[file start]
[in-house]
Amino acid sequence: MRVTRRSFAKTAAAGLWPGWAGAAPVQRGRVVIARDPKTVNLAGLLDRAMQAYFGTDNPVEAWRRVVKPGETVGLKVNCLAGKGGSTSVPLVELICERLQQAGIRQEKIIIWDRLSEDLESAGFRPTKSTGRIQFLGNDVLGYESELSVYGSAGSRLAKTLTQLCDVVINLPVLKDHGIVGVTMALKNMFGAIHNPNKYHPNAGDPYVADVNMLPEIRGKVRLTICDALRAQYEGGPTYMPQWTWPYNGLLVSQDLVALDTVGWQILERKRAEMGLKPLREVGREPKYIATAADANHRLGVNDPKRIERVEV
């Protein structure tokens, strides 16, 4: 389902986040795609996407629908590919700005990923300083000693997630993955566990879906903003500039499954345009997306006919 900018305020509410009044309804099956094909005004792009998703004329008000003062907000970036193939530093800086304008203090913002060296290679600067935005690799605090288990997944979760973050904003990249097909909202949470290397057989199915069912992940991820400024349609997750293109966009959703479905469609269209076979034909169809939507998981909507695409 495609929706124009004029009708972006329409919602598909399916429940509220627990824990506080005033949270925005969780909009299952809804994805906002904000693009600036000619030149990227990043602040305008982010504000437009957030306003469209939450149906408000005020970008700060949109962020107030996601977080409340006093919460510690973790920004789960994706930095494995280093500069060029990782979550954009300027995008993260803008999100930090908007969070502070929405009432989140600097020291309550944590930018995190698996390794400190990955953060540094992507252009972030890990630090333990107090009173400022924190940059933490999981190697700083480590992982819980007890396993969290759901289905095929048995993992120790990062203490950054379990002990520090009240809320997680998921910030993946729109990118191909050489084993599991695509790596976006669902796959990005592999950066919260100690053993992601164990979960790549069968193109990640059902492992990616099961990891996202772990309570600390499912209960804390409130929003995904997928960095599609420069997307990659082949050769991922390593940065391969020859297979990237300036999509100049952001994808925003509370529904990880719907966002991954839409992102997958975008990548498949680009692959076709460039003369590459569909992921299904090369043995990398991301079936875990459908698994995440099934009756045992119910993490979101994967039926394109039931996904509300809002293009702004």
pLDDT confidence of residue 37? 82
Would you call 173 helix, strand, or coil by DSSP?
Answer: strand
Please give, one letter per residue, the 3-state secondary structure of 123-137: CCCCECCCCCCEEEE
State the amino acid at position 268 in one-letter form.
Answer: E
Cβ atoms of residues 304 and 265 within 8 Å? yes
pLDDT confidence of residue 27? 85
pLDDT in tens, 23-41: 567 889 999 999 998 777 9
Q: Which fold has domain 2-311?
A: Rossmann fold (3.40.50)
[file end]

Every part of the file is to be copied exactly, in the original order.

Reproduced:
[in-house]
Amino acid sequence: MRVTRRSFAKTAAAGLWPGWAGAAPVQRGRVVIARDPKTVNLAGLLDRAMQAYFGTDNPVEAWRRVVKPGETVGLKVNCLAGKGGSTSVPLVELICERLQQAGIRQEKIIIWDRLSEDLESAGFRPTKSTGRIQFLGNDVLGYESELSVYGSAGSRLAKTLTQLCDVVINLPVLKDHGIVGVTMALKNMFGAIHNPNKYHPNAGDPYVADVNMLPEIRGKVRLTICDALRAQYEGGPTYMPQWTWPYNGLLVSQDLVALDTVGWQILERKRAEMGLKPLREVGREPKYIATAADANHRLGVNDPKRIERVEV
């Protein structure tokens, strides 16, 4: 389902986040795609996407629908590919700005990923300083000693997630993955566990879906903003500039499954345009997306006919 900018305020509410009044309804099956094909005004792009998703004329008000003062907000970036193939530093800086304008203090913002060296290679600067935005690799605090288990997944979760973050904003990249097909909202949470290397057989199915069912992940991820400024349609997750293109966009959703479905469609269209076979034909169809939507998981909507695409 495609929706124009004029009708972006329409919602598909399916429940509220627990824990506080005033949270925005969780909009299952809804994805906002904000693009600036000619030149990227990043602040305008982010504000437009957030306003469209939450149906408000005020970008700060949109962020107030996601977080409340006093919460510690973790920004789960994706930095494995280093500069060029990782979550954009300027995008993260803008999100930090908007969070502070929405009432989140600097020291309550944590930018995190698996390794400190990955953060540094992507252009972030890990630090333990107090009173400022924190940059933490999981190697700083480590992982819980007890396993969290759901289905095929048995993992120790990062203490950054379990002990520090009240809320997680998921910030993946729109990118191909050489084993599991695509790596976006669902796959990005592999950066919260100690053993992601164990979960790549069968193109990640059902492992990616099961990891996202772990309570600390499912209960804390409130929003995904997928960095599609420069997307990659082949050769991922390593940065391969020859297979990237300036999509100049952001994808925003509370529904990880719907966002991954839409992102997958975008990548498949680009692959076709460039003369590459569909992921299904090369043995990398991301079936875990459908698994995440099934009756045992119910993490979101994967039926394109039931996904509300809002293009702004």
pLDDT confidence of residue 37? 82
Would you call 173 helix, strand, or coil by DSSP?
Answer: strand
Please give, one letter per residue, the 3-state secondary structure of 123-137: CCCCECCCCCCEEEE
State the amino acid at position 268 in one-letter form.
Answer: E
Cβ atoms of residues 304 and 265 within 8 Å? yes
pLDDT confidence of residue 27? 85
pLDDT in tens, 23-41: 567 889 999 999 998 777 9
Q: Which fold has domain 2-311?
A: Rossmann fold (3.40.50)